A few voices were raised in protest, but the Sallisaw City Commission voted to proceed with plans for the new Sallisaw animal shelter on Eppler Avenue, but that all funding for the project be identified before construction. About 50 people attended the meeting. One woman, Mary Baker, said she believed the city could be sued if animals abandoned in the city bit someone. Others protested so loudly that the city could not be sued in such a situation, that Police Chief Terry Franklin stood and asked everyone to, "Calm down please". Another woman, Barbara Nelson, was concerned that animals are often just dropped off at the animal shelter, and allowed to run free because no officer was on duty. She was concerned for the safety of her children. Franklin said she should call the police department, but Nelson and others said they had called in the past to report free-ranging dogs, with no results. Franklin said he would see that someone would respond to such calls. But he said his department only had one animal control officer, who worked more than 40 hours a week, and the budget would not allow for more animal control officers.
Former City Manager Lloyd Haskins, (pictured above, standing) pointed out that the animal shelter, as a city project, could not proceed as a capital outlay project without identified funding. City Manager Bill Baker said he was aware of that, and would not do so. But Haskins said the city, by completing the building pad site, had already begun construction. Baker, earlier in the meeting, read his commentary on the project into the record.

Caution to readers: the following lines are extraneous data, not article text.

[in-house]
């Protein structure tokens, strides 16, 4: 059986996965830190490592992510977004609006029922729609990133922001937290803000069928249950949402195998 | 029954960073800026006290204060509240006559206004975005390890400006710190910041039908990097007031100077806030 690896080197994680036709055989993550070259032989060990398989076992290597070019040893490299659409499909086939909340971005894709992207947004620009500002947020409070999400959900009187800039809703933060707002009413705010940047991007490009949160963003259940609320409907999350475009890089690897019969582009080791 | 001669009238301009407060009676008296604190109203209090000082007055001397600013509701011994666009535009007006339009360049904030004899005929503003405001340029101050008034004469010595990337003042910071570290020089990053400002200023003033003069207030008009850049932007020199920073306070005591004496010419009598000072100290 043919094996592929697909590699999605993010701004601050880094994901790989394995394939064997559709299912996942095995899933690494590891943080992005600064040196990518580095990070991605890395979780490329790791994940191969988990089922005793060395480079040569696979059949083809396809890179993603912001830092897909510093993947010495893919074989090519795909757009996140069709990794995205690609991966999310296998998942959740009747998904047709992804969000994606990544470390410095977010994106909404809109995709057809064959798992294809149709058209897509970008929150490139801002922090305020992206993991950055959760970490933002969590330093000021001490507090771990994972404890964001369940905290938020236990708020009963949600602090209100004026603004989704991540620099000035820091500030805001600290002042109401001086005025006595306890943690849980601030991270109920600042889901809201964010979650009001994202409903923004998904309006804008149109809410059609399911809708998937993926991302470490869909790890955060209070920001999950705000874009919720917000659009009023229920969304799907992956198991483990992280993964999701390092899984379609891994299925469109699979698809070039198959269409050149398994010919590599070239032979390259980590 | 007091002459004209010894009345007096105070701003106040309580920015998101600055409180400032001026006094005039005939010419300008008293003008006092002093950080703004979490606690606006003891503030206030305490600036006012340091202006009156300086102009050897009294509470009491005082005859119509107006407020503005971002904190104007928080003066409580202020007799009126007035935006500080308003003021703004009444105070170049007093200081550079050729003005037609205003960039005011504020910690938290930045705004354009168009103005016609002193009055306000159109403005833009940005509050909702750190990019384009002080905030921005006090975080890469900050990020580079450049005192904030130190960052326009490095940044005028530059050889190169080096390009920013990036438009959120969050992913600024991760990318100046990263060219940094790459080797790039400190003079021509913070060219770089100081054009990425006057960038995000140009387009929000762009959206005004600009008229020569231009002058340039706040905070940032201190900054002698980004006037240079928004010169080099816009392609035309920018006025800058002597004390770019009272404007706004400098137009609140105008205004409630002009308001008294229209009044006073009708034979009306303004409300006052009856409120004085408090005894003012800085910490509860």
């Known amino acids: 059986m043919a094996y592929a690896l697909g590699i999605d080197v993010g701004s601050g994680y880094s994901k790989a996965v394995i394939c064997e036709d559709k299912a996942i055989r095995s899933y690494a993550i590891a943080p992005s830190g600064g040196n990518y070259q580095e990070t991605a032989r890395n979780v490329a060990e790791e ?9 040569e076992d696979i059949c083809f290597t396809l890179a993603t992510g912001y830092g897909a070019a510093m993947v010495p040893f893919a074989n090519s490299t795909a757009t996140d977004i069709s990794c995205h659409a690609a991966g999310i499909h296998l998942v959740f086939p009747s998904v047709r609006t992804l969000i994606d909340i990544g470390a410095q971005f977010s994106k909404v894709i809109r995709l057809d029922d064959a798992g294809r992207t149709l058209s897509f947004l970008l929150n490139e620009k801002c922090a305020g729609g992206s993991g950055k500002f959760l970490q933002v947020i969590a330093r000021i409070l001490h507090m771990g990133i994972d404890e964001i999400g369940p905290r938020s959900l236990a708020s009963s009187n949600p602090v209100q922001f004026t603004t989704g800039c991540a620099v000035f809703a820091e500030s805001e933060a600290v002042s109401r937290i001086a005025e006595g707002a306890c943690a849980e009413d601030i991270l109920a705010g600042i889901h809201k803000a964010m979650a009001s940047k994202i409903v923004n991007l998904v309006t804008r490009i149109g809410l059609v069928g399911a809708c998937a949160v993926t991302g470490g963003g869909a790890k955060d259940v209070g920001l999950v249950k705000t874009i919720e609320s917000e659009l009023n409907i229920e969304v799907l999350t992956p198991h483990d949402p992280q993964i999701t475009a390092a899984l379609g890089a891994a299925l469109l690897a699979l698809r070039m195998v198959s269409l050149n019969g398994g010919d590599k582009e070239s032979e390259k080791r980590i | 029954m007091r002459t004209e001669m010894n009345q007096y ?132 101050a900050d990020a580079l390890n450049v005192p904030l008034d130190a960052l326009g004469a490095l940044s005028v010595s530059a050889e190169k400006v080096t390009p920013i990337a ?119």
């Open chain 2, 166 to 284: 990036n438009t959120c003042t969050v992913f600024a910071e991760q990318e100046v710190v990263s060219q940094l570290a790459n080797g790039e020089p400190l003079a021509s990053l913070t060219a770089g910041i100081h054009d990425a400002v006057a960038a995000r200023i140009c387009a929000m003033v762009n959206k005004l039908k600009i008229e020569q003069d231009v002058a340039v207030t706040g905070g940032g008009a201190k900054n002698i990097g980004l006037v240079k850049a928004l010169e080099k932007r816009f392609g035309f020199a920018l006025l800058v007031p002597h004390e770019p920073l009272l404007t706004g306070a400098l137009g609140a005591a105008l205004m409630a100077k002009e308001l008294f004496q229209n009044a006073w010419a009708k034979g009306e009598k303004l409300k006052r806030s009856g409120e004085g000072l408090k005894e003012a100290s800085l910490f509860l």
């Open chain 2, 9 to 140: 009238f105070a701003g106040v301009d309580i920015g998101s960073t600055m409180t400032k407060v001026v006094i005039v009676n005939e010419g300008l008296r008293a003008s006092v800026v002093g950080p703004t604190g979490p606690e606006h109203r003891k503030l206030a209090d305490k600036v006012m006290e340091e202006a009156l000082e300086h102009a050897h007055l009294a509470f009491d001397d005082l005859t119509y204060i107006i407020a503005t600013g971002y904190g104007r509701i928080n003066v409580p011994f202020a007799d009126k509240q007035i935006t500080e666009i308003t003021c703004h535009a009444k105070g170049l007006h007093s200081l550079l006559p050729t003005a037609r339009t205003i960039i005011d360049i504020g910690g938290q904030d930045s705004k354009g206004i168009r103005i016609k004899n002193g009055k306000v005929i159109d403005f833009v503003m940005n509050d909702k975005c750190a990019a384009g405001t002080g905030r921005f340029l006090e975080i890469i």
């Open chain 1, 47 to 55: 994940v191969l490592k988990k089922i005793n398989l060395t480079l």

The new animal shelter has $100,000 in city funding and the remainder of the project is to be funded by donations, expected to be about $83,000. City Commissioner Roe Poindexter, Ward 2, told the group that the animal shelter was one of her passions and was initiated by her. She said the donors could not be asked to make their donations without first seeing the finished plans for the building. Baker said Keith Miller, the city's building development director, was working on the plans to save money. He said the plans were nearly complete, and the city hoped to go out for bids on the project in the near future. But the commissioners' final vote to approve the project includes that the funding for the project be identified and possibly in hand. Poindexter said that the shelter cost of $300,000 reported by other media was incorrect.
In other business, Baker reported on a survey taken about the remains of the old Sallisaw High School. He said 577 responded to the survey on the city's web site. He reported 273 believed the remaining rotunda and walls should remain as is; that 116 voted to tear down the rotunda and walls; and that 188 voted to keep the rotunda and wing walls, but to tear down the other remaining walls. The commission voted to hire an engineer to determine the safety of the remaining structures before a final decision is made. Sally Maxwell, Senior News Director
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